TreeSearch: Morphological Phylogenetic Analysis in R

TreeSearch is an R package for phylogenetic analysis, optimized for discrete character data. Tree search may be conducted using equal or implied step weights with an explicit (albeit inexact) allowance for inapplicable character entries, avoiding some of the pitfalls inherent in standard parsimony methods. Profile parsimony and user-specified optimality criteria are supported. A graphical interface, which requires no familiarity with R, is designed to help a user to improve the quality of datasets through critical review of underpinning character codings; and to obtain additional information from results by identifying and summarizing clusters of similar trees, mapping the distribution of trees, and removing ‘rogue’ taxa that obscure underlying relationships. Taken together, the package aims to support methodological rigour at each step of data collection, analysis, and the exploration of phylogenetic results.

Martin R. Smith (University of Durham)

1 Introduction

Even in the phylogenomic era, morphological data make an important contribution to phylogenetic questions. Discrete phenotypic data improve the accuracy and resolution of phylogenetic reconstruction even when outnumbered by molecular characters, and are the only way to incorporate the unique perspective on historical events that fossil taxa provide (Wiens 2004; Wortley and Scotland 2006; Koch and Parry 2020; Asher and Smith 2022).

One challenge with morphological analysis is the treatment of inapplicable character states: for example, ‘tail colour’ cannot logically be ascribed either of the states ‘red’ or ‘blue’ in a taxon that lacks a tail (Maddison 1993). This situation can profoundly mislead phylogenetic analysis, and is not handled appropriately by any standard Markov model or parsimony method.

Solutions to this issue have recently been proposed (De Laet 2005; Brazeau et al. 2019; Tarasov 2019, 2022; Goloboff et al. 2021; Hopkins and St. John 2021). Where a single ‘principal’ character (e.g. ‘tail’) exhibits \(n\) ‘contingent’ characters (e.g. ‘tail colour’, ‘tail covering’), ‘exact’ solutions (Tarasov 2019, 2022; Goloboff et al. 2021) require the construction of multi-state hierarchies containing \(O(2^n)\) entries, meaning that analysis is only computationally tractable for simple hierarchies with few contingent characters. Moreover, these approaches cannot accommodate characters that are contingent on more than one principal character: for example, characters describing appendages on a differentiated head may be contingent on the presence of the two characters ‘appendages’ and ‘differentiated head’.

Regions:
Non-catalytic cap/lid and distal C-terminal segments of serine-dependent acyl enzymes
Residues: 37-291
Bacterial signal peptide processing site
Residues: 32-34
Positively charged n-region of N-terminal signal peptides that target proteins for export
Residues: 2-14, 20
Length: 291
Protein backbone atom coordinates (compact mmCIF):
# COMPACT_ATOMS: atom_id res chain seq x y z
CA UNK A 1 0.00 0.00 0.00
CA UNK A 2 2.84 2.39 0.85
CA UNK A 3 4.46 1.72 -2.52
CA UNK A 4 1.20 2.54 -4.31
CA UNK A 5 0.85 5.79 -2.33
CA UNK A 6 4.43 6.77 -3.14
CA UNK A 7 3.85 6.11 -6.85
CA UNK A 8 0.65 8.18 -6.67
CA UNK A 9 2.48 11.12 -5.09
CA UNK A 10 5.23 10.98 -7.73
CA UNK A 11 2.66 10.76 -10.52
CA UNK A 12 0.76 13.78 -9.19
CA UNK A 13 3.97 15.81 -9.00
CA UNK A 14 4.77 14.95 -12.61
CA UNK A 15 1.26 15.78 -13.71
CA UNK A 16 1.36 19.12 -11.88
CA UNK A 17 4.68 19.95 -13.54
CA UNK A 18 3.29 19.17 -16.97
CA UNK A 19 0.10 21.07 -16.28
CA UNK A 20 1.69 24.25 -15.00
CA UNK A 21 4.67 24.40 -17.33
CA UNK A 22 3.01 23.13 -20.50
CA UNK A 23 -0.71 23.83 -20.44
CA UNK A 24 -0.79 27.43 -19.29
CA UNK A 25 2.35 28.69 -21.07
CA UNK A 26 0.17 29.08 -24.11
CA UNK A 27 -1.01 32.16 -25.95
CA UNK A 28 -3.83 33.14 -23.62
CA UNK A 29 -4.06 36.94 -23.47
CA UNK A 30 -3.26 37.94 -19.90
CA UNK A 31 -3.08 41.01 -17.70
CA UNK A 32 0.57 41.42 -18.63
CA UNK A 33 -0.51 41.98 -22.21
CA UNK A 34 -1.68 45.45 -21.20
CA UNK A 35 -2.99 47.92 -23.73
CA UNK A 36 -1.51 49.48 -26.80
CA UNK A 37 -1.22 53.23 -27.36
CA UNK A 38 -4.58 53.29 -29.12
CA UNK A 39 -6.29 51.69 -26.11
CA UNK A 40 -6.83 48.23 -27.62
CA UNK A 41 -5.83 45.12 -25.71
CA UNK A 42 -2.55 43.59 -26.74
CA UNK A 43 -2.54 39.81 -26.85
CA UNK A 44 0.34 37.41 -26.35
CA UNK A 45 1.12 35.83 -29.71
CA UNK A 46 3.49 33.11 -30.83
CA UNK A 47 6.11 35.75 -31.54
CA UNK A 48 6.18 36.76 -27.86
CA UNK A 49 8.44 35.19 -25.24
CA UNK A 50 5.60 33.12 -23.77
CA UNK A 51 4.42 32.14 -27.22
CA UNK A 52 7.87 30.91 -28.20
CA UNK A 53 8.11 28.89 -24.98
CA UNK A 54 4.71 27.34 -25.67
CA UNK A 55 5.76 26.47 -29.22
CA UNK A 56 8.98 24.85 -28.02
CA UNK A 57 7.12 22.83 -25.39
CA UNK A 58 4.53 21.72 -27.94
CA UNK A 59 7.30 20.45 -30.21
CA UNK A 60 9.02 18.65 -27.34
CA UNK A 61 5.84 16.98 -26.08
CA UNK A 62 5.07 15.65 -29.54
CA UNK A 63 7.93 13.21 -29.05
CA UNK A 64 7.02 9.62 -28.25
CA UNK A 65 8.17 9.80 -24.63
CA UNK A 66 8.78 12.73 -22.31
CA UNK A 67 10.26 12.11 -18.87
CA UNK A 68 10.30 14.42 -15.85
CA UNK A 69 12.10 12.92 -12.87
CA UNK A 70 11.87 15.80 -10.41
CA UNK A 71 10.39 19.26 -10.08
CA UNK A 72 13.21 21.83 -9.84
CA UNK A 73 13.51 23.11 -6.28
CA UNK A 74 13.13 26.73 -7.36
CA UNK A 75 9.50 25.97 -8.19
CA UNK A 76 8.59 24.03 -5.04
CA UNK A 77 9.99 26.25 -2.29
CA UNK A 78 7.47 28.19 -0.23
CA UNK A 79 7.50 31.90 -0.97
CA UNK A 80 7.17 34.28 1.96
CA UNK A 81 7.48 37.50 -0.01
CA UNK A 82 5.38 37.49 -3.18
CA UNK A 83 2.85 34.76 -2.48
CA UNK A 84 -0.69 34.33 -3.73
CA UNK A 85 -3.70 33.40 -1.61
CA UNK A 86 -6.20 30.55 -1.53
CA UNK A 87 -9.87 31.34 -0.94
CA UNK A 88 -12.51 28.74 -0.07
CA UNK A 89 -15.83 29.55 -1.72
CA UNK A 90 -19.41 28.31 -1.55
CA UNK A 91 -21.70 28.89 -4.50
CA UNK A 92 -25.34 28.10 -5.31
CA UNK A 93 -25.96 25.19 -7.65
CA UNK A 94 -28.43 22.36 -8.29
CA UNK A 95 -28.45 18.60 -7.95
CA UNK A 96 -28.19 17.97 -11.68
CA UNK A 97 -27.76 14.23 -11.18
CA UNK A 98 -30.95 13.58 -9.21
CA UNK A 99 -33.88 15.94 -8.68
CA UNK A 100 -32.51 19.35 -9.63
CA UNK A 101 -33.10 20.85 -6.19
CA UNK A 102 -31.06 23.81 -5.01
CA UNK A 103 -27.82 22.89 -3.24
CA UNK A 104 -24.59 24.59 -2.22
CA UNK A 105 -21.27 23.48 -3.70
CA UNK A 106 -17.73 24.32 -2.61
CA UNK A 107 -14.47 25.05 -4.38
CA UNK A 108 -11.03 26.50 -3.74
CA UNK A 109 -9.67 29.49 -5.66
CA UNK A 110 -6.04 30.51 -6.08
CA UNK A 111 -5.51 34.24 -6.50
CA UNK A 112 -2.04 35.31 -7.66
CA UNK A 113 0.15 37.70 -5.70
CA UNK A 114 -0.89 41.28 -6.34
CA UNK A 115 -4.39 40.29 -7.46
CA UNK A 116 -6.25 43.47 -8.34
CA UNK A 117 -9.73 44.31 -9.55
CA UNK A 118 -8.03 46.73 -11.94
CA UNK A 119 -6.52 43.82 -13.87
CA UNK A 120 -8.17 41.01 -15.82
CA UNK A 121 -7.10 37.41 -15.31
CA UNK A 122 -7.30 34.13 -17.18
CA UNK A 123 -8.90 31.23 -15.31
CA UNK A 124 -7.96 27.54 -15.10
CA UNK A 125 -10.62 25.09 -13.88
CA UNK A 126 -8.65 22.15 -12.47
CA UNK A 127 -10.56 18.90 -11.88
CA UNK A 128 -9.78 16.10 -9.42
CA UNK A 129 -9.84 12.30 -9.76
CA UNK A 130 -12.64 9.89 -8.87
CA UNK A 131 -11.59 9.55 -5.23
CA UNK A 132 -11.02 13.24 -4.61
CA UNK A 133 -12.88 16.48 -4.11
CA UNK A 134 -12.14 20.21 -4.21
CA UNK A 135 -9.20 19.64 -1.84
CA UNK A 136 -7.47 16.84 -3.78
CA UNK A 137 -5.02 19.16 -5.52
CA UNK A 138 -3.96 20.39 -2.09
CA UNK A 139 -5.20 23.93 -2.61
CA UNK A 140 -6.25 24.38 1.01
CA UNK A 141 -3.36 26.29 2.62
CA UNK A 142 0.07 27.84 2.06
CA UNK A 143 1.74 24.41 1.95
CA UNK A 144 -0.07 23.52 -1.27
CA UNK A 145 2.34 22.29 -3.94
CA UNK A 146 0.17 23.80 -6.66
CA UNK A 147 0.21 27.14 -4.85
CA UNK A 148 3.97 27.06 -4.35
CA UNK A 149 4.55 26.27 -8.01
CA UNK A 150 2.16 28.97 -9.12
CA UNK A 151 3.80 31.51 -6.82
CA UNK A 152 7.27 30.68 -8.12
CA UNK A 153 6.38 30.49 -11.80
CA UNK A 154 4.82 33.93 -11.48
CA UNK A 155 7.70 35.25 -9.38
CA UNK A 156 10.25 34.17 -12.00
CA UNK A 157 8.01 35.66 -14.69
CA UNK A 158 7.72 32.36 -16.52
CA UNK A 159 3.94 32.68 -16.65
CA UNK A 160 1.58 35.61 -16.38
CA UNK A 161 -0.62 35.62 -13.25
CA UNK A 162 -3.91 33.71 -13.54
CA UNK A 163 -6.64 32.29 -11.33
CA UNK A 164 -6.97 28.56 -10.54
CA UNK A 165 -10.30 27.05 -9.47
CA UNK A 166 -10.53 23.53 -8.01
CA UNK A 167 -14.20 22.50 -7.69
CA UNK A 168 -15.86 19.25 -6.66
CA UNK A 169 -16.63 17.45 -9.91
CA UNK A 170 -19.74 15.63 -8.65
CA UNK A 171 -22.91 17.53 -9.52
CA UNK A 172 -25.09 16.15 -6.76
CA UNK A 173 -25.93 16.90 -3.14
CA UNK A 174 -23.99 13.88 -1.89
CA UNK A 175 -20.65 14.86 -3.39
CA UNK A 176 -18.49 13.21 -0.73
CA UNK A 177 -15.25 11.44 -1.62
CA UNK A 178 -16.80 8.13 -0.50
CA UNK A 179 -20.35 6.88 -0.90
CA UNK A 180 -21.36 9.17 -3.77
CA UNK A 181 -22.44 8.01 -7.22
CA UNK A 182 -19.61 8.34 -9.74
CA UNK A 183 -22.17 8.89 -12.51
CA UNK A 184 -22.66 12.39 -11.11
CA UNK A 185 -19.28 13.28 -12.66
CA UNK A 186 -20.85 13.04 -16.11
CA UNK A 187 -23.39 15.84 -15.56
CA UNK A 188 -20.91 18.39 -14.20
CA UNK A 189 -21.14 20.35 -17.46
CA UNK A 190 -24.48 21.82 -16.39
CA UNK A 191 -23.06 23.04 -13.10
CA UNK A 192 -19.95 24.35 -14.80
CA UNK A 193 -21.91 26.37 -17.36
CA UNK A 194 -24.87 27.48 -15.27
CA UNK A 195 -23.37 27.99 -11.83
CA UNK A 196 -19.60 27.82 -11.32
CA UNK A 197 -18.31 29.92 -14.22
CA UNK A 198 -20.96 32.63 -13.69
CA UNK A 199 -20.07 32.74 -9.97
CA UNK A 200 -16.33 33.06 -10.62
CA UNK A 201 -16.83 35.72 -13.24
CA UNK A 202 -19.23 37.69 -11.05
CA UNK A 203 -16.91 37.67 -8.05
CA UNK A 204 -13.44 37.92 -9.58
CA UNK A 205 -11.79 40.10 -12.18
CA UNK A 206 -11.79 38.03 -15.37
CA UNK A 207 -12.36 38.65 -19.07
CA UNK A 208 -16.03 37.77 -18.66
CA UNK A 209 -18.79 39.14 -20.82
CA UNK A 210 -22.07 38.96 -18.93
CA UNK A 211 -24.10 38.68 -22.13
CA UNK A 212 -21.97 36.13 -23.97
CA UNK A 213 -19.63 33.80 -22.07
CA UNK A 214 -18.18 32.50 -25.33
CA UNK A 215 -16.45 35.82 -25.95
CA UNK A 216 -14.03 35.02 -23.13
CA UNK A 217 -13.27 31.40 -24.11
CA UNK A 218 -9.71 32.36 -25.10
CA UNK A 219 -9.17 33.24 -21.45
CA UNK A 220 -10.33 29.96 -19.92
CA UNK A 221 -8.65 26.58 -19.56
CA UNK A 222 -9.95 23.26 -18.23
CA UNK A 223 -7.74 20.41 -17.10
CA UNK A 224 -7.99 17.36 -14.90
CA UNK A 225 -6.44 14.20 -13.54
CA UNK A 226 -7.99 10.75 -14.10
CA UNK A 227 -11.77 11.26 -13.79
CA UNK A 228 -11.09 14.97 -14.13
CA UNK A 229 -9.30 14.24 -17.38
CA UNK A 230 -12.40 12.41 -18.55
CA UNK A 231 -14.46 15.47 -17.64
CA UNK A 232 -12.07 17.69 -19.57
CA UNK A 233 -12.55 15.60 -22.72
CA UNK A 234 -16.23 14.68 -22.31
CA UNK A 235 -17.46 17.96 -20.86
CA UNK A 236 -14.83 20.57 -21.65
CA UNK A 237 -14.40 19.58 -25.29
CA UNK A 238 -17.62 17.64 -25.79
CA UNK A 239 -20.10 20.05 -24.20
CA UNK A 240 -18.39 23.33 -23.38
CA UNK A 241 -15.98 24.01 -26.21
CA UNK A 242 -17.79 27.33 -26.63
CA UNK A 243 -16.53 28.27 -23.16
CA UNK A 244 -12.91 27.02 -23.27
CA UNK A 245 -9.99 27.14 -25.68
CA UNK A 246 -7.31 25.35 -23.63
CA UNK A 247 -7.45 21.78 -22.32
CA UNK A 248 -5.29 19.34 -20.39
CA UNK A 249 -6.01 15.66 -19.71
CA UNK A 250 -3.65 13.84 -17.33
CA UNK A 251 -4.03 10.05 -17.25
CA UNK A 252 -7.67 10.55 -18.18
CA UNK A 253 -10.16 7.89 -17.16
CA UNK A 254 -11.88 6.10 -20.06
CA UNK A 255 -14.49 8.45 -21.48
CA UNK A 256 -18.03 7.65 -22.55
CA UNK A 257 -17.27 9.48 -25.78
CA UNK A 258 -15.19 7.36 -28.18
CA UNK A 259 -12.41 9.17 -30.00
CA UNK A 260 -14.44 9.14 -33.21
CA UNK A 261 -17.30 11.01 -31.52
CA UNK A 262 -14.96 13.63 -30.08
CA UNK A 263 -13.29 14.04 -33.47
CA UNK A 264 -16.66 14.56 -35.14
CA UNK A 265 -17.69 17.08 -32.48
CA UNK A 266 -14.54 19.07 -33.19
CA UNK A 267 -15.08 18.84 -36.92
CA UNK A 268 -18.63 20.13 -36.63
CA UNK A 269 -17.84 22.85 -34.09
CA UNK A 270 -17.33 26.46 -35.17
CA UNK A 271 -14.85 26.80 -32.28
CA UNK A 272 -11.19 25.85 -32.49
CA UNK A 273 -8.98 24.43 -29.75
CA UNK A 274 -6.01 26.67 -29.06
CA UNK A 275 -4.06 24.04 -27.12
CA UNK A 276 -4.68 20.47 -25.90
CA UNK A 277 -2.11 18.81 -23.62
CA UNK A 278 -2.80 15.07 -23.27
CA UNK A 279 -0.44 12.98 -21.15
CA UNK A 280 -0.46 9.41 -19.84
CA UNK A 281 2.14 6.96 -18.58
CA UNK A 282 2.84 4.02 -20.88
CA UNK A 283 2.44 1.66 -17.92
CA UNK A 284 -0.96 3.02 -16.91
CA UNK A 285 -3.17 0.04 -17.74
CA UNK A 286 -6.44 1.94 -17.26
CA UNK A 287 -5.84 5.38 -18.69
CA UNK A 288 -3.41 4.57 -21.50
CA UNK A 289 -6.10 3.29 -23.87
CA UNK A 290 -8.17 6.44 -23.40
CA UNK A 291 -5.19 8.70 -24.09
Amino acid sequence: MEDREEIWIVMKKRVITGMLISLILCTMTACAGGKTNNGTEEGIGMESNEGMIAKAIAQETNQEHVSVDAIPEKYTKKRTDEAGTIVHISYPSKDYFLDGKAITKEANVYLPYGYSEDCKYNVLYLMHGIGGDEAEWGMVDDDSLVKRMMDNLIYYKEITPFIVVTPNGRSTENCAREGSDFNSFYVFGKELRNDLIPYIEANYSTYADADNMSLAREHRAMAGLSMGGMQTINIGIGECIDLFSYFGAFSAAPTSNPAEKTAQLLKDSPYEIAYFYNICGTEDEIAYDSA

Such situations can be approached using the flexible parsimony approximation proposed by Brazeau et al. (2019). TreeSearch scores trees using the “Morphy” C implementation of this algorithm (Brazeau et al. 2017). Morphy implements tree search under equal step weights. TreeSearch additionally implements implied step weighting (Goloboff 1993), a method which consistently finds more accurate and precise trees than equal weights parsimony (Goloboff et al. 2008, 2018a; Smith 2019a).

There has been lively discussion as to whether, with the rise of probabilistic approaches, parsimony remains a useful tool for morphological phylogenetics (e.g. O’Reilly et al. 2016; Brown et al. 2017; Puttick et al. 2017; Goloboff et al. 2018b; Sansom et al. 2018). Notwithstanding scenarios that go beyond the limits of parsimony, such as the simultaneous incorporation of stratigraphic data and other prior knowledge (e.g. Guenser et al. 2021), neither parsimony nor probabilistic methods consistently recover ‘better’ trees when gains in accuracy are balanced against losses in precision (Smith 2019a). Even if probabilistic methods may eventually be improved through the creation of more sophisticated models that better reflect the nature of morphological data (Goloboff et al. 2018a; Tarasov 2019, 2022), parsimony analysis remains a useful tool – not only because treatments of inapplicable character states are presently available, but also because it facilitates a deeper understanding of the underpinning data by emphasizing the reciprocal relationship between a tree and the synapomorphies that it implies.

Whatever method is used to find phylogenetic trees, a single consensus tree may fail to convey all the signal in a set of phylogenetic results (Wilkinson 1994, 1996, 2003). A set of optimal trees can be better interpreted by examining consensus trees generated from clusters of similar trees (Stockham et al. 2002); by exploring tree space (Wright and Lloyd 2020; Smith 2022a) and by automatically identifying, annotating and removing ‘wildcard’ taxa (Smith 2022b) whose ‘rogue’ behaviour may reflect underlying character conflict or ambiguity (Kearney 2002). These methods are not always easy to integrate into phylogenetic workflows, so are not routinely included in empirical studies.